Mauricio Pochettino has been at Tottenham Hotspur for only two and a half seasons but, already, he has plenty of history with Chelsea – and it goes deeper than the now notorious 2-2 draw at Stamford Bridge at the end of last season, when his team lost a lead, their heads and any chance of the title.
Pochettino can reflect on the 5-3 home win over them in his first season, which was one of the first indications that his side could play in the manner that he demanded while there would be the 2-0 Capital One Cup final defeat a couple of months later.
Earlier this season, there was the 2-1 defeat at Stamford Bridge, which Pochettino has continued to lament, although he does believe that it represented a turning point for this team. After the Champions League exit in Monaco a matter of days earlier, Pochettino detected the signs of his players getting their groove back.
Every meeting with the team from the west of the capital has seemed loaded with significance and this one was no different. Never mind that Chelsea were after the record for consecutive top-flight league wins. It was Tottenham for whom this was arguably the bigger game. Put it this way. Which team could most afford to lose? It was not Spurs.
Pochettino wanted to see a statement of intent from his players, rather than the completion of any revenge mission for the Battle of the Bridge and, thanks to the kid who cannot stop scoring, he got one.
Dele Alli’s goals were similar productions. They were created by the guile and delivery of Christian Eriksen and Alli finished each of them with his head. Moreover, on each occasion he ghosted in between César Azpilicueta and Victor Moses.
The 20-year-old has now scored seven times in his past four appearances for a tally of 11 in all competitions for the club season – which is one more than he finished with last term. The home support are fond of reminding everybody how they have got Alli. He strutted his stuff as though he owned White Hart Lane and there was a moment he will cherish when he was substituted on 86 minutes in the form of a rousing standing ovation. He even got a sporting handshake from David Luiz, the Chelsea defender.
Pochettino had stuck with the three-at-the-back strategy that he had used in the 4-1 win at Watford on New Year’s Day and the idea behind the 3-4-2-1 formation was to provide the platform for the full-backs, Kyle Walker and Danny Rose, to press high up the field, which they did to good effect. But it was also noticeable how much license Alli was given to roam in his role off the striker, Harry Kane.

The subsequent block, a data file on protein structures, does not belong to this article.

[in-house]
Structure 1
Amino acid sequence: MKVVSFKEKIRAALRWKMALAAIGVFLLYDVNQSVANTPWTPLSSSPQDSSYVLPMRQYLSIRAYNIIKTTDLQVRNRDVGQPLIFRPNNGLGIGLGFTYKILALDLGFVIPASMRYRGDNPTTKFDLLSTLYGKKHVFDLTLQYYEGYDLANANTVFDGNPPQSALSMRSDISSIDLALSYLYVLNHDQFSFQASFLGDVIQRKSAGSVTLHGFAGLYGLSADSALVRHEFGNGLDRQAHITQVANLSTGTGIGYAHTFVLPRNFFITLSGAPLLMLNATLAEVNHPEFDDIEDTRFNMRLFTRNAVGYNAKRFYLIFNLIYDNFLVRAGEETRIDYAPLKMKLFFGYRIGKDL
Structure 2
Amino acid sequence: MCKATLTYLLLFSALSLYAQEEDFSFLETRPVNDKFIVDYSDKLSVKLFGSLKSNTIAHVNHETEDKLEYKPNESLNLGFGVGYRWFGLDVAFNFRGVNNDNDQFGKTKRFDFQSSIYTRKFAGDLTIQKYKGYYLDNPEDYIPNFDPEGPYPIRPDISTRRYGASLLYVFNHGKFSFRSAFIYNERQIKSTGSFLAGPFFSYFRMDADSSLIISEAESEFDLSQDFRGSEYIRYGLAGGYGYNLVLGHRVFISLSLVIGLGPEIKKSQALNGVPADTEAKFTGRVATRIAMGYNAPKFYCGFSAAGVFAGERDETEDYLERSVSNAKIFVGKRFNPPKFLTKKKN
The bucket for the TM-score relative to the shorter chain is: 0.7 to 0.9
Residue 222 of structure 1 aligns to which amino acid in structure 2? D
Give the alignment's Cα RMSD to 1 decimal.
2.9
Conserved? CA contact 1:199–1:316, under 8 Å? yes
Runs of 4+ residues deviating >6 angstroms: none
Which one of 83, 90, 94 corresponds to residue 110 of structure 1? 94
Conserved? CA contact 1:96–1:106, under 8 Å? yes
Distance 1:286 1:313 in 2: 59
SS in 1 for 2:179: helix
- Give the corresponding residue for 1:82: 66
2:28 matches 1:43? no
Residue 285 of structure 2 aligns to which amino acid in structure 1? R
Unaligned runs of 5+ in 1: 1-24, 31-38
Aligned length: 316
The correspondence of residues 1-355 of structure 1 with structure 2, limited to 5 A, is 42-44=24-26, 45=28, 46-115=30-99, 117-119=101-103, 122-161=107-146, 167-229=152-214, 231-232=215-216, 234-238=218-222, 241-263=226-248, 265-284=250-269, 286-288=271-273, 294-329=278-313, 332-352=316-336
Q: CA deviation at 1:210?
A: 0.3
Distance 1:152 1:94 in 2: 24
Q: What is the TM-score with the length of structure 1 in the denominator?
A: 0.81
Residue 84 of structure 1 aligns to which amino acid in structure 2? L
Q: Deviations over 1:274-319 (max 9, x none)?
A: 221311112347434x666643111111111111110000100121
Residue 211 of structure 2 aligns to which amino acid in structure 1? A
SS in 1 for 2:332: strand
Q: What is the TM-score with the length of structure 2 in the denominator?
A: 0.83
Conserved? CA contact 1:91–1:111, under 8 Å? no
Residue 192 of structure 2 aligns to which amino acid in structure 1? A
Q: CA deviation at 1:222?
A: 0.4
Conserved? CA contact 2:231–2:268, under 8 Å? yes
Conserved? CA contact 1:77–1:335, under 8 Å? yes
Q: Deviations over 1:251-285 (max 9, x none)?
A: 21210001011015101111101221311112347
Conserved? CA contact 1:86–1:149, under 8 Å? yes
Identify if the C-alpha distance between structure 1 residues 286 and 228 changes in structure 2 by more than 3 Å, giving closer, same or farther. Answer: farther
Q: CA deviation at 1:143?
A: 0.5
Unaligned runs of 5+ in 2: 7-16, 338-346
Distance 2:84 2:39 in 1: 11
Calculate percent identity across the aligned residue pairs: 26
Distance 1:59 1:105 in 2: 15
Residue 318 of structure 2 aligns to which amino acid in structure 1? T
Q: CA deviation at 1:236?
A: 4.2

Jan Vertonghen had been guilty of playing Eden Hazard onside in the early running for a big chance that the Chelsea winger lashed wide but Pochettino’s defence came to contain the threat of their opponents with relative comfort. And, further forward, Alli’s quest for the little spaces in the decisive areas would make the difference. Gareth Southgate, the England manager, looked on approvingly from the stands.
Tottenham jump to third in the table and, in the process, they have squeezed Arsenal out of the top four. Pochettino has now won four of the five games in which he has started with three at the back – the other one was the creditable draw at Arsenal in November – and it is getting to the point where it would be a surprise if he did not persist with the approach, much as Antonio Conte has done with his 3-4-3 at Chelsea.
Pochettino certainly has the personnel at his disposal, with Eric Dier’s adaptability on the right of the defensive three once again worthy of note and Victor Wanyama a towering presence in defensive midfield. Walker and Rose, meanwhile, continue to be influential. They won the battle of the wing-backs, pushing Moses and Marcos Alonso back.
What was striking was how Tottenham saw the game out after Alli’s second goal, when there were still 36 minutes to go. Pochettino and Conte had talked about how the Battle of the Bridge was behind them – a “closed chapter” to quote the former – but, with the Chelsea fans referencing it repeatedly in their chants, it felt as though there was plenty of carry over.
Rose, a central figure last May, was involved in a series of flashpoints, crunching in on his opponents and getting a bit back, as well, while in the first half there was the feeling of simmering tension. In other words, it was difficult to blot out the recent past.
The key detail of the 2-2 draw was how Tottenham had thrown away their 2-0 advantage in the final half hour or so but, on this occasion, their maturity was pronounced – and that was of great comfort to Pochettino. The closing stages were notable for how few scares there were in front of Hugo Lloris’s goal.
The evening became a celebration for the home support, and they told Pochettino at the end how they thought he was magic. His team are once again playing as they did in their better moments last season and it is remarkable how they are coming into form at around the same time. With Alli in this kind of touch, the optimism feels tangible.